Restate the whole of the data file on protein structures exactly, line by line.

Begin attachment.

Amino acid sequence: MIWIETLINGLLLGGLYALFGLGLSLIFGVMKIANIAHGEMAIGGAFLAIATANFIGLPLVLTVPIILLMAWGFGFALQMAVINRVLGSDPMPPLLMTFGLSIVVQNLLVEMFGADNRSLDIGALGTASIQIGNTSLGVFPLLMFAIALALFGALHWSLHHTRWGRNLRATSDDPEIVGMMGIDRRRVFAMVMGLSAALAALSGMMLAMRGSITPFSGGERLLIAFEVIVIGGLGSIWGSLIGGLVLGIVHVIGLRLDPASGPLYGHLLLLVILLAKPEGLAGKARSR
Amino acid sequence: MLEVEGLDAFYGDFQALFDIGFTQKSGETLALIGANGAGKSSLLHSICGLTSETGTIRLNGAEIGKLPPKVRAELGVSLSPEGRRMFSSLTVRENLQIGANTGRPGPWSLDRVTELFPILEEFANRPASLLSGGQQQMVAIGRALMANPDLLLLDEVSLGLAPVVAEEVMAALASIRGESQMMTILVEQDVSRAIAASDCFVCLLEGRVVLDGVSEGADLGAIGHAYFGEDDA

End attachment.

Amino acid sequence: MIWIETLINGLLLGGLYALFGLGLSLIFGVMKIANIAHGEMAIGGAFLAIATANFIGLPLVLTVPIILLMAWGFGFALQMAVINRVLGSDPMPPLLMTFGLSIVVQNLLVEMFGADNRSLDIGALGTASIQIGNTSLGVFPLLMFAIALALFGALHWSLHHTRWGRNLRATSDDPEIVGMMGIDRRRVFAMVMGLSAALAALSGMMLAMRGSITPFSGGERLLIAFEVIVIGGLGSIWGSLIGGLVLGIVHVIGLRLDPASGPLYGHLLLLVILLAKPEGLAGKARSR
Amino acid sequence: MLEVEGLDAFYGDFQALFDIGFTQKSGETLALIGANGAGKSSLLHSICGLTSETGTIRLNGAEIGKLPPKVRAELGVSLSPEGRRMFSSLTVRENLQIGANTGRPGPWSLDRVTELFPILEEFANRPASLLSGGQQQMVAIGRALMANPDLLLLDEVSLGLAPVVAEEVMAALASIRGESQMMTILVEQDVSRAIAASDCFVCLLEGRVVLDGVSEGADLGAIGHAYFGEDDA